What are white spots? They are diagnostics signs. Nerve fibres are protected by a layer of water-repelling fatty cells called a myelin sheath. Multiple sclerosis is characterised by the deteriation of this protective sheath. Excess water is retained in areas where the myelin has been damaged. This shows up on an MRI scan as a bright white spot.
Maney’s work is like an avant-garde autobiography, if it’s like anything. We know that Maney has multiple sclerosis and this gives his story real poignancy; but he doesn’t want his audience to feel the emotional discomfort normally associated with this sort of staged disease memoir. He is ambiguous about what he is showing us. Is it trauma? There has been trauma, certainly, but Maney is still young. He is making lifestyle changes. He is managing the disease. People can’t see his MS, he tells us, so he has to explain it. If it is a trauma show, perhaps it’s more the trauma of not knowing how to adequately explain trauma?
White Spots is therefore a shameless confession, but with the shame put back in at an odd and somewhat perverse angle. Shame is a moral problem, but now also an aesthetic problem — or even an ethical problem. Multiple sclerosis is turned in on itself. It is aestheticised: lesions become white spots. It’s a show about the communication of feeling rather than a show for the communication of feeling. The question now is how should Maney feel about how we feel about how he feels about his diagnosis? And then too also how should we feel about making that question the premise of a Fringe show?
The work, then, unfolds in a dreamlike collage of uncertain postdramatic skits. Confounding yet undeniably intimate atmospheres suggest an otherworldly lounge act, or a chancy combination of self-help and stand-up. Or it’s like a thaumatrope blending humiliation and epiphany, naivety and guile.
White spots. Or is it blackness with holes. A black box full of holes. A skull full of stars. The beams move themselves with spotlight swiftness into crevices of the brain. His real problem, says Maney, is that the spots are affecting only the eloquent and sophisticated areas of his personality. The crude, low-brow areas work fine.
The opening is chaotic. Cables don’t fit. The sound isn’t working. The technology has failed. David Maney blushes and stalls and doesn’t seem to know what to do next. Someone rushes out to buy a missing part while Maney launches hastily, reading some text from the back of the programme. Pity is tenacious. By folding the problem of shame in on itself, pity is only displaced, not abolished. It is shifted to a different plane. We don’t feel sorry for Maney because he has a terrifying disease, we feel sorry for him because his show is falling apart. This is very generous of him, to make this shift; he willingly sacrifices the moral high ground of victimhood. If Maney is a romantic — and almost certainly he is — he does not make a romantic drama of his suffering.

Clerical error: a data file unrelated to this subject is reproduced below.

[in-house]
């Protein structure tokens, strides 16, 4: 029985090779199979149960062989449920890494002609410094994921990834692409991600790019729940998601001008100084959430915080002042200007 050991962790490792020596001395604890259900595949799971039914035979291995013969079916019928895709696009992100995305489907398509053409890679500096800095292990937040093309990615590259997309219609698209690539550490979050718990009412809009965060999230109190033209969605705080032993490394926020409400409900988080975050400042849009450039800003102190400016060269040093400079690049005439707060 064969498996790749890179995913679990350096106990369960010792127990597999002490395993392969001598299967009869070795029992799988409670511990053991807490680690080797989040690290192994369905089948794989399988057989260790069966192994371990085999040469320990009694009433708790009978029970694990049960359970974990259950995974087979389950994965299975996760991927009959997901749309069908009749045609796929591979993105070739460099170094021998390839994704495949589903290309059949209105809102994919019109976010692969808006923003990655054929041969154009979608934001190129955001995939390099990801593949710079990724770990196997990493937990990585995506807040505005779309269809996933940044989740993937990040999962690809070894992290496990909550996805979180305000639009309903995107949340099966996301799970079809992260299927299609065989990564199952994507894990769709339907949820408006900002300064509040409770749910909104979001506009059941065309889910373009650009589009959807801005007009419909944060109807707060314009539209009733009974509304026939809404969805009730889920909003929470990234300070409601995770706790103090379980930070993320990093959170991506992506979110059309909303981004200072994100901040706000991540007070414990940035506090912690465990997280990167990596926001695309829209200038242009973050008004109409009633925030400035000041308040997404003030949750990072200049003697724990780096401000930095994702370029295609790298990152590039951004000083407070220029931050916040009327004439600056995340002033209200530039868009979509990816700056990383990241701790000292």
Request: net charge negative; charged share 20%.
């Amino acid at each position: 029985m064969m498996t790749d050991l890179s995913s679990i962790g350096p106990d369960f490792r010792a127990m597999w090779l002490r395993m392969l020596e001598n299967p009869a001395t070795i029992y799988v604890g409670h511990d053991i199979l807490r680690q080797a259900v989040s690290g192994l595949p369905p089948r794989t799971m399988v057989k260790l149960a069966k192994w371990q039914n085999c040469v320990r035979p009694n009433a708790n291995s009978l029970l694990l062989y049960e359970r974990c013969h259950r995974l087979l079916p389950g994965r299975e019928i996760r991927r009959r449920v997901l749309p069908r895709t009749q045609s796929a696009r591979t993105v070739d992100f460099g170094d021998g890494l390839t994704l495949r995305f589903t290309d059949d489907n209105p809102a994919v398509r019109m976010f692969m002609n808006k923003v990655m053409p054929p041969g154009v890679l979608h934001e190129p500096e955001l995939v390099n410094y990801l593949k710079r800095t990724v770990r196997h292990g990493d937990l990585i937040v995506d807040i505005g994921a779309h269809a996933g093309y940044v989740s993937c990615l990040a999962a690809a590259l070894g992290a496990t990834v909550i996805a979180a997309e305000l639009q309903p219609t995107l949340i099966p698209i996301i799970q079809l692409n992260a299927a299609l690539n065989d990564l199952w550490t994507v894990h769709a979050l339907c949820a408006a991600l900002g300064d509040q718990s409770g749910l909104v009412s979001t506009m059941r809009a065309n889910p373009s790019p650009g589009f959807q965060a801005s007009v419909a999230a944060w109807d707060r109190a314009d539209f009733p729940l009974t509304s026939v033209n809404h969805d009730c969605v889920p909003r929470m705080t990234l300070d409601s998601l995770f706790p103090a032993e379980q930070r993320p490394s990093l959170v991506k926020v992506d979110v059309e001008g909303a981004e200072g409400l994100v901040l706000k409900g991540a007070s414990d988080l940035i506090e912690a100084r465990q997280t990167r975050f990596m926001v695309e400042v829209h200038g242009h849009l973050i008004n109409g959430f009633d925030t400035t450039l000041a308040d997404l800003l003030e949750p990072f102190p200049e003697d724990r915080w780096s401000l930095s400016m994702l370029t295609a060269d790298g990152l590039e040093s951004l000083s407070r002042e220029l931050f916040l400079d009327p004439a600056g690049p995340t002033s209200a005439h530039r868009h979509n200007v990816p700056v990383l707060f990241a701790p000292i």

And still Maney is ahead of us. We soon discover that the catastrophe is staged. The ruse is well executed. Perhaps too well. How should we feel about such a trick? Clearly his purpose is not to humiliate the audience. Indeed, Maney is unstintingly affable. There’s plenty of audience participation, but most of it gentle and affirming. More than anything he wants us all to be good friends. Is this the meaning of the ruse? A way to break the ice, and then we move on?
A large white spotlight is aimed at a scrim. It looks like a full moon hanging in a night sky. Maney lounges behind the scrim. It looks as if his silhouette is lounging in the moon. Oh, the moon shone bright on zany Mr Maney. We hear the sound of gentle waves. Maney’s silhouette is talking on the telephone, talking to his – now-ex – girlfriend. Something about the tsunami. Something about numbness in his legs. And then we move on.
He grins all the time. He ums and ers, hems and haws. His anecdotes meander, silliness and affected social awkwardness prevail. Everywhere absurdity gets between the public and the personal. He performs the “The Dance of Dave”. Again, we’re told the technology has failed. The audio backing track won’t play. He wants the audience to stand in. This time we’re suspicious; but, because we’re all good friends now, we oblige. We chant Dave Dave Dave and he lays down some cheesy rhymes. There are many such skits. There are many such Maneys, as elusive as they are absurd.
This is a play about dealing with shock; but Maney doesn’t treat his diagnosis as if it hides a special truth. He describes White Spots as a funny trauma about letting go. Letting go of what? Of trauma itself? Or perhaps of the tendency to treat life always as though it needed to be affirmed by trauma? That is, he is reacting against the tendency to treat the life as if it were secondary to the trauma, as if there were no life without the affirmation of pain. Is he letting go of the authority of the survivor?
White Spots, Friday 3 October 2014, David Maney, Melbourne Fringe Festival, La Mama.
But the line stops. There is no unity. All
logic and life are made up of tangled ends like
–TE Hulme’s Cinders